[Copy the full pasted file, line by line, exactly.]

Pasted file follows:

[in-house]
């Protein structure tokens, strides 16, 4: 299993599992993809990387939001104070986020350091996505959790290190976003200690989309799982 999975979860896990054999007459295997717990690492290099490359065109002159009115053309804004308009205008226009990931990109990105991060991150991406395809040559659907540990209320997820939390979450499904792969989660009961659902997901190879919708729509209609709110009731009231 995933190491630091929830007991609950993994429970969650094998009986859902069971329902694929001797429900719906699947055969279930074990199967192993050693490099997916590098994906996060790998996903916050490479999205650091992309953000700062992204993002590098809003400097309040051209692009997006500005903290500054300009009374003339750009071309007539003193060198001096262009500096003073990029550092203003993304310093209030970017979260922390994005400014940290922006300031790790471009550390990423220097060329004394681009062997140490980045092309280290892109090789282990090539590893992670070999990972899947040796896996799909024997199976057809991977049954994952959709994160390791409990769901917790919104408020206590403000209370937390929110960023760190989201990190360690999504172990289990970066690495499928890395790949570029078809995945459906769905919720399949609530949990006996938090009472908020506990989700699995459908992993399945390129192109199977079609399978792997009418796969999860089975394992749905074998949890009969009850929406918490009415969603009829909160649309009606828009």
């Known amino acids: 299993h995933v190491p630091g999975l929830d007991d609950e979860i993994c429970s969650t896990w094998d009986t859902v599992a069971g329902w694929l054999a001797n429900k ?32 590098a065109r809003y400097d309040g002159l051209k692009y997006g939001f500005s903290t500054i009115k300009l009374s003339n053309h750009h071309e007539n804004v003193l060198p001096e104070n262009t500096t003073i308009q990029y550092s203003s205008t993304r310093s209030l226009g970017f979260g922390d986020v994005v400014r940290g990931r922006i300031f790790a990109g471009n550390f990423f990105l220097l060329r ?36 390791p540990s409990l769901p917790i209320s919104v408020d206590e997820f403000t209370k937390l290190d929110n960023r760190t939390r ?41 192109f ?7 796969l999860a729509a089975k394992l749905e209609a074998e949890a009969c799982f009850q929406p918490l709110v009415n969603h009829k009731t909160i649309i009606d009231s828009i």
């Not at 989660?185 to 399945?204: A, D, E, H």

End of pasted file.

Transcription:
[in-house]
């Protein structure tokens, strides 16, 4: 299993599992993809990387939001104070986020350091996505959790290190976003200690989309799982 999975979860896990054999007459295997717990690492290099490359065109002159009115053309804004308009205008226009990931990109990105991060991150991406395809040559659907540990209320997820939390979450499904792969989660009961659902997901190879919708729509209609709110009731009231 995933190491630091929830007991609950993994429970969650094998009986859902069971329902694929001797429900719906699947055969279930074990199967192993050693490099997916590098994906996060790998996903916050490479999205650091992309953000700062992204993002590098809003400097309040051209692009997006500005903290500054300009009374003339750009071309007539003193060198001096262009500096003073990029550092203003993304310093209030970017979260922390994005400014940290922006300031790790471009550390990423220097060329004394681009062997140490980045092309280290892109090789282990090539590893992670070999990972899947040796896996799909024997199976057809991977049954994952959709994160390791409990769901917790919104408020206590403000209370937390929110960023760190989201990190360690999504172990289990970066690495499928890395790949570029078809995945459906769905919720399949609530949990006996938090009472908020506990989700699995459908992993399945390129192109199977079609399978792997009418796969999860089975394992749905074998949890009969009850929406918490009415969603009829909160649309009606828009």
């Known amino acids: 299993h995933v190491p630091g999975l929830d007991d609950e979860i993994c429970s969650t896990w094998d009986t859902v599992a069971g329902w694929l054999a001797n429900k ?32 590098a065109r809003y400097d309040g002159l051209k692009y997006g939001f500005s903290t500054i009115k300009l009374s003339n053309h750009h071309e007539n804004v003193l060198p001096e104070n262009t500096t003073i308009q990029y550092s203003s205008t993304r310093s209030l226009g970017f979260g922390d986020v994005v400014r940290g990931r922006i300031f790790a990109g471009n550390f990423f990105l220097l060329r ?36 390791p540990s409990l769901p917790i209320s919104v408020d206590e997820f403000t209370k937390l290190d929110n960023r760190t939390r ?41 192109f ?7 796969l999860a729509a089975k394992l749905e209609a074998e949890a009969c799982f009850q929406p918490l709110v009415n969603h009829k009731t909160i649309i009606d009231s828009i």
């Not at 989660?185 to 399945?204: A, D, E, H």